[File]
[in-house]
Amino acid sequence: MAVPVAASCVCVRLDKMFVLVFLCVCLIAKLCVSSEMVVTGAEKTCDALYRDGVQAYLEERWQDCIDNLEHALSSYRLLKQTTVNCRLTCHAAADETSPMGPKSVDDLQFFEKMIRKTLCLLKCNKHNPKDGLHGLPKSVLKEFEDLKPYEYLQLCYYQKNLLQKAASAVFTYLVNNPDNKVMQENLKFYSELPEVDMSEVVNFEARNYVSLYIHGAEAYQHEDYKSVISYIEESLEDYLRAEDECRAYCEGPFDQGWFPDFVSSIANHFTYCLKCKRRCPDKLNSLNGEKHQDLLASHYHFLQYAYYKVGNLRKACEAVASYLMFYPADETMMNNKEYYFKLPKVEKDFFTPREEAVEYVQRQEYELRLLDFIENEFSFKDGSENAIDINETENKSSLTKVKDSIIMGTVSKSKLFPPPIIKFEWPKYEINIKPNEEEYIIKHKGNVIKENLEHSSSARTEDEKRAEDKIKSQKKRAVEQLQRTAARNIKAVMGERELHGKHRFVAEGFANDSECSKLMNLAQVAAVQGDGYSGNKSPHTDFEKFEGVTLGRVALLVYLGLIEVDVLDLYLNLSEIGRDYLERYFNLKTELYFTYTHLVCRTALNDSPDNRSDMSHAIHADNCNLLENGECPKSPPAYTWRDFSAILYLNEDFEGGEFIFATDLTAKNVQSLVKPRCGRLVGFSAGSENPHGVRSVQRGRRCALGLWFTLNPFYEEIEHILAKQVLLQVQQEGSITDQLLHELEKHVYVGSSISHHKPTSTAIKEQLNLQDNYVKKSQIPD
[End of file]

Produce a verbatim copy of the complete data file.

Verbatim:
[in-house]
Amino acid sequence: MAVPVAASCVCVRLDKMFVLVFLCVCLIAKLCVSSEMVVTGAEKTCDALYRDGVQAYLEERWQDCIDNLEHALSSYRLLKQTTVNCRLTCHAAADETSPMGPKSVDDLQFFEKMIRKTLCLLKCNKHNPKDGLHGLPKSVLKEFEDLKPYEYLQLCYYQKNLLQKAASAVFTYLVNNPDNKVMQENLKFYSELPEVDMSEVVNFEARNYVSLYIHGAEAYQHEDYKSVISYIEESLEDYLRAEDECRAYCEGPFDQGWFPDFVSSIANHFTYCLKCKRRCPDKLNSLNGEKHQDLLASHYHFLQYAYYKVGNLRKACEAVASYLMFYPADETMMNNKEYYFKLPKVEKDFFTPREEAVEYVQRQEYELRLLDFIENEFSFKDGSENAIDINETENKSSLTKVKDSIIMGTVSKSKLFPPPIIKFEWPKYEINIKPNEEEYIIKHKGNVIKENLEHSSSARTEDEKRAEDKIKSQKKRAVEQLQRTAARNIKAVMGERELHGKHRFVAEGFANDSECSKLMNLAQVAAVQGDGYSGNKSPHTDFEKFEGVTLGRVALLVYLGLIEVDVLDLYLNLSEIGRDYLERYFNLKTELYFTYTHLVCRTALNDSPDNRSDMSHAIHADNCNLLENGECPKSPPAYTWRDFSAILYLNEDFEGGEFIFATDLTAKNVQSLVKPRCGRLVGFSAGSENPHGVRSVQRGRRCALGLWFTLNPFYEEIEHILAKQVLLQVQQEGSITDQLLHELEKHVYVGSSISHHKPTSTAIKEQLNLQDNYVKKSQIPD